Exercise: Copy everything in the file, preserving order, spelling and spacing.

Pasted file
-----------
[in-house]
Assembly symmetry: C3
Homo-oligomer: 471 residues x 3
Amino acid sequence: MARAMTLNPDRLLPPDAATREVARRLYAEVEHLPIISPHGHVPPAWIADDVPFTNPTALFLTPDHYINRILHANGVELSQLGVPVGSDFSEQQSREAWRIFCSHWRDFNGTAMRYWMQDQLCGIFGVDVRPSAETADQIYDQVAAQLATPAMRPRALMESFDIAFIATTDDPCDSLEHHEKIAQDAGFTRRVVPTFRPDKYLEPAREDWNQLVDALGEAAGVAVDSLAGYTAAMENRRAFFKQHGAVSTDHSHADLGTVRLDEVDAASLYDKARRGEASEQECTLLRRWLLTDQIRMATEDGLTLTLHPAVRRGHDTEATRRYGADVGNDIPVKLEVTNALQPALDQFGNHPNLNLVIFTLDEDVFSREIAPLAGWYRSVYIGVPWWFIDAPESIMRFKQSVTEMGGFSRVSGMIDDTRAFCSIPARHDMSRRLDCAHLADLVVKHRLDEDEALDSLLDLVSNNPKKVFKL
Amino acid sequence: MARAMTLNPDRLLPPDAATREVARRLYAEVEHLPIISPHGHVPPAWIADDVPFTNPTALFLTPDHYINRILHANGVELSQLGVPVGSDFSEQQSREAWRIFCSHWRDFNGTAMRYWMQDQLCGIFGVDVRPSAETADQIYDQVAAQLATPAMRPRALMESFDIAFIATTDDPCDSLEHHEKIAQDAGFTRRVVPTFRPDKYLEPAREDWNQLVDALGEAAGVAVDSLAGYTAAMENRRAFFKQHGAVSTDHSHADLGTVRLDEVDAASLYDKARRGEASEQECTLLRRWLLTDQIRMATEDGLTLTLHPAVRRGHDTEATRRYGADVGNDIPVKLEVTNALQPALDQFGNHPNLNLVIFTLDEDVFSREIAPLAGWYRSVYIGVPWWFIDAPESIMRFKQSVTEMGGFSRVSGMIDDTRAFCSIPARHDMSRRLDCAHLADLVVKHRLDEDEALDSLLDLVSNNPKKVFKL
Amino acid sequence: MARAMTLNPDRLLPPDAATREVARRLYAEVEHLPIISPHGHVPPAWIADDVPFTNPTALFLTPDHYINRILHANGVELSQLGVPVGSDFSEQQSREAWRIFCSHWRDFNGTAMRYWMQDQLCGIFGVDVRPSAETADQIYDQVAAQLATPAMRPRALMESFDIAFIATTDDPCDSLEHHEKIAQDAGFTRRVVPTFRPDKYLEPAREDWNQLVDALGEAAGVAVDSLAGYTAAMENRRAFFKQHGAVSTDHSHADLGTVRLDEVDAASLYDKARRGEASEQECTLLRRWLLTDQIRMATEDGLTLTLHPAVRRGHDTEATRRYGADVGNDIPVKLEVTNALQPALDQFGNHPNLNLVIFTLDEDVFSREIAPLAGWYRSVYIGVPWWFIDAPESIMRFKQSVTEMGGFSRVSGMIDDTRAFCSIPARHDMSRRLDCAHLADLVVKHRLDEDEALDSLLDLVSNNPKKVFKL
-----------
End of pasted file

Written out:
[in-house]
Assembly symmetry: C3
Homo-oligomer: 471 residues x 3
Amino acid sequence: MARAMTLNPDRLLPPDAATREVARRLYAEVEHLPIISPHGHVPPAWIADDVPFTNPTALFLTPDHYINRILHANGVELSQLGVPVGSDFSEQQSREAWRIFCSHWRDFNGTAMRYWMQDQLCGIFGVDVRPSAETADQIYDQVAAQLATPAMRPRALMESFDIAFIATTDDPCDSLEHHEKIAQDAGFTRRVVPTFRPDKYLEPAREDWNQLVDALGEAAGVAVDSLAGYTAAMENRRAFFKQHGAVSTDHSHADLGTVRLDEVDAASLYDKARRGEASEQECTLLRRWLLTDQIRMATEDGLTLTLHPAVRRGHDTEATRRYGADVGNDIPVKLEVTNALQPALDQFGNHPNLNLVIFTLDEDVFSREIAPLAGWYRSVYIGVPWWFIDAPESIMRFKQSVTEMGGFSRVSGMIDDTRAFCSIPARHDMSRRLDCAHLADLVVKHRLDEDEALDSLLDLVSNNPKKVFKL
Amino acid sequence: MARAMTLNPDRLLPPDAATREVARRLYAEVEHLPIISPHGHVPPAWIADDVPFTNPTALFLTPDHYINRILHANGVELSQLGVPVGSDFSEQQSREAWRIFCSHWRDFNGTAMRYWMQDQLCGIFGVDVRPSAETADQIYDQVAAQLATPAMRPRALMESFDIAFIATTDDPCDSLEHHEKIAQDAGFTRRVVPTFRPDKYLEPAREDWNQLVDALGEAAGVAVDSLAGYTAAMENRRAFFKQHGAVSTDHSHADLGTVRLDEVDAASLYDKARRGEASEQECTLLRRWLLTDQIRMATEDGLTLTLHPAVRRGHDTEATRRYGADVGNDIPVKLEVTNALQPALDQFGNHPNLNLVIFTLDEDVFSREIAPLAGWYRSVYIGVPWWFIDAPESIMRFKQSVTEMGGFSRVSGMIDDTRAFCSIPARHDMSRRLDCAHLADLVVKHRLDEDEALDSLLDLVSNNPKKVFKL
Amino acid sequence: MARAMTLNPDRLLPPDAATREVARRLYAEVEHLPIISPHGHVPPAWIADDVPFTNPTALFLTPDHYINRILHANGVELSQLGVPVGSDFSEQQSREAWRIFCSHWRDFNGTAMRYWMQDQLCGIFGVDVRPSAETADQIYDQVAAQLATPAMRPRALMESFDIAFIATTDDPCDSLEHHEKIAQDAGFTRRVVPTFRPDKYLEPAREDWNQLVDALGEAAGVAVDSLAGYTAAMENRRAFFKQHGAVSTDHSHADLGTVRLDEVDAASLYDKARRGEASEQECTLLRRWLLTDQIRMATEDGLTLTLHPAVRRGHDTEATRRYGADVGNDIPVKLEVTNALQPALDQFGNHPNLNLVIFTLDEDVFSREIAPLAGWYRSVYIGVPWWFIDAPESIMRFKQSVTEMGGFSRVSGMIDDTRAFCSIPARHDMSRRLDCAHLADLVVKHRLDEDEALDSLLDLVSNNPKKVFKL